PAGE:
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1LT George Lansing Fox

1LT George Lansing Fox

Birth
Pennsylvania, USA
Death 3 Feb 1943 (aged 42)
At Sea
Burial Philadelphia, Philadelphia County, Pennsylvania, USA
Memorial ID 8432 · View Source
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Army Chaplain. Born in Pennsylvania, at age 17 he lied about his age and enlisted in the U.S. Marine Corps and was trained to be an ambulance driver. He served on the Western Front and earned a Silver Star for the rescue of a wounded soldier from a battlefield filled with poison gas; the Croix de Guerre for outstanding bravery during an artillery barrage, after which he spent months in hospital with wounds, for which he received the Purple Heart. After returning home, he became an itinerant Methodist preacher and held a student pastorate in Downs, Illinois. He attended Wesleyan University in 1929 and graduated with an A.B. degree in 1931. He was ordained a Methodist minister on June 10, 1934. In 1936, he accepted a pastorate in Vermont. After Pearl Harbor, he decided he was needed and volunteered for the Army Chaplain Service. He went on active duty August 8, 1942, the same day his son 18 year old son enlisted in the Marine Corps. He was assigned to the Chaplains school at Harvard where he first met his classmates, Jewish chaplain, Alexander Goode; Dutch Reformed chaplain, Clark Poling; and Catholic chaplain, John Washington. He then reported to the 411th Coast Artillery Battalion at Camp Davis. In January 1943, he was reunited with his classmates as the four chaplains embarked on the converted ocean liner USAT Dorchester, which was transporting 902 soldiers to Britain via Greenland as part of convoy SG-19. On February 2, 1943, a German u-boat fired on the convoy; a torpedo struck the Dorchester some time after midnight. The Dorchester lost all power, and in the cold and dark, men scrambled for the lifeboats. The four chaplains organized the men as best they could, handing out life jackets from storage, encouraged the men with prayers, and tending wounded as best as was possible. When it became apparent that there were not enough life jackets, each of the chaplains took off his own life jacket and gave each to a young soldier. When the last of the undamaged lifeboats were away, the chaplains prayed with those left behind on the sinking ship. Less than thirty minutes after being hit, the Dorchester sank with the loss of 672 men, including the Four Chaplains. The survival of some 230 men was directly credited to the chaplains' actions. On December 19, 1944 each of the chaplains was posthumously awarded a purple heart and a distinguished service cross. A US postage stamp was issued in 1948 commemorating the Four Chaplains. A stained glass window in memory of the Four Chaplains was installed in the A-ring of the Pentagon on the third floor. On July 14, 1960 Congress created the Four Chaplains Medal which was presented to each of the chaplains' next of kin by the Secretary of the Army. For their courage and self-sacrifice, by Act of Congress, February 3 is designated Four Chaplains Day.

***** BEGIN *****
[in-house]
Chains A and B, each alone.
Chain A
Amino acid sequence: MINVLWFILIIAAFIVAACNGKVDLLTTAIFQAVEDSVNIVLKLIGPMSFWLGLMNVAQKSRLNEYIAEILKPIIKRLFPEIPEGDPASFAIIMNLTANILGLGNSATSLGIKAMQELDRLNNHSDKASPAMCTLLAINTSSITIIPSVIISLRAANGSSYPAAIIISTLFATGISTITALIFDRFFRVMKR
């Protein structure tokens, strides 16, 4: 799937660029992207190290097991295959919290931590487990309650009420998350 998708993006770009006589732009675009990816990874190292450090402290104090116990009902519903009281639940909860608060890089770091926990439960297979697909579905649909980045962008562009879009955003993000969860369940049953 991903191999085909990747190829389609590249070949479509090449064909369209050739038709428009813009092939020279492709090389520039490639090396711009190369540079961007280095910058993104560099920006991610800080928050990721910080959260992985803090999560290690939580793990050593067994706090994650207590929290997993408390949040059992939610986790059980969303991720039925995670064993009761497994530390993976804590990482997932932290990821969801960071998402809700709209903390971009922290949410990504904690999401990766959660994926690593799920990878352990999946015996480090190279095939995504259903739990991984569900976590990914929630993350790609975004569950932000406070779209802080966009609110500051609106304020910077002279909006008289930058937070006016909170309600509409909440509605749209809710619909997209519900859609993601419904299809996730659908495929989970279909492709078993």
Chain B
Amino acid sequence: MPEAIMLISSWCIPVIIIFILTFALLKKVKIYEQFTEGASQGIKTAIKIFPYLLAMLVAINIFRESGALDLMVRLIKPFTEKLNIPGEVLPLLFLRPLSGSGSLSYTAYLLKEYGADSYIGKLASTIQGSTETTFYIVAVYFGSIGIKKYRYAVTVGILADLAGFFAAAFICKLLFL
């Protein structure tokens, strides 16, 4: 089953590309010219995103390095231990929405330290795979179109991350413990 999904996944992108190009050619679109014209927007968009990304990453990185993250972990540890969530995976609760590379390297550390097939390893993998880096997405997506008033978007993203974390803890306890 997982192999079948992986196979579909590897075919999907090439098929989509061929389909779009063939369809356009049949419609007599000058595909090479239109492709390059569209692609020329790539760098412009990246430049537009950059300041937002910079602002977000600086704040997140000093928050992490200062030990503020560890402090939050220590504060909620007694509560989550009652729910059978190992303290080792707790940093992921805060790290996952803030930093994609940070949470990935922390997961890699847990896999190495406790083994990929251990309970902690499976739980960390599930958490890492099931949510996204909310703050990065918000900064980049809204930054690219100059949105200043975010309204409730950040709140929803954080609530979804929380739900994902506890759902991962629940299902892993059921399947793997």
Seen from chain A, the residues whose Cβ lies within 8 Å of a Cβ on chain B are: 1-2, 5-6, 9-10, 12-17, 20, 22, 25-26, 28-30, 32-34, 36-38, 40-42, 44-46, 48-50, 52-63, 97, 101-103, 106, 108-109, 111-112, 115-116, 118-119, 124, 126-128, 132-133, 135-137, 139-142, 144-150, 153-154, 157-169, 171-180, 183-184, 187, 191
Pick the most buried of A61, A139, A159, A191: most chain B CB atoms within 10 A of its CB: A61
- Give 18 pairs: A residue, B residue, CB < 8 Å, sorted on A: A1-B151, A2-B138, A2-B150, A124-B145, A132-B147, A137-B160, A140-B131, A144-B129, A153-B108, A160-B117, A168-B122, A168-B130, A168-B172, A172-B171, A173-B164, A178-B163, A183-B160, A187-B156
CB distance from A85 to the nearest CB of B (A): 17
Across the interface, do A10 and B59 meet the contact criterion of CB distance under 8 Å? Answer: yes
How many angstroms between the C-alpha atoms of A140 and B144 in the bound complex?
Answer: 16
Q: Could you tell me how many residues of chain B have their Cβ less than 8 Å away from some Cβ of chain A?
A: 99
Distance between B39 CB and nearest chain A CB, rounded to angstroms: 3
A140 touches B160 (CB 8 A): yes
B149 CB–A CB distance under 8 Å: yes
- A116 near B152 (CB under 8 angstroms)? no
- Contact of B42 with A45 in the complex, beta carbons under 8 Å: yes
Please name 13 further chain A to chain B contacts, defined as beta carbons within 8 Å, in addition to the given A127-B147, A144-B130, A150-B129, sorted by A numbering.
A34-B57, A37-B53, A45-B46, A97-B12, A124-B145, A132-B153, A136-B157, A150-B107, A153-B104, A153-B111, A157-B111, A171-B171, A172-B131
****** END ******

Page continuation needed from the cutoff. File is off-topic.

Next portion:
Bio by: Iola


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  • Maintained by: Find A Grave
  • Added: 11 Feb 2000
  • Find A Grave Memorial 8432
  • Find A Grave, database and images (https://www.findagrave.com : accessed ), memorial page for 1LT George Lansing Fox (15 Mar 1900–3 Feb 1943), Find A Grave Memorial no. 8432, citing Chapel of Four Chaplains, Philadelphia, Philadelphia County, Pennsylvania, USA ; Maintained by Find A Grave .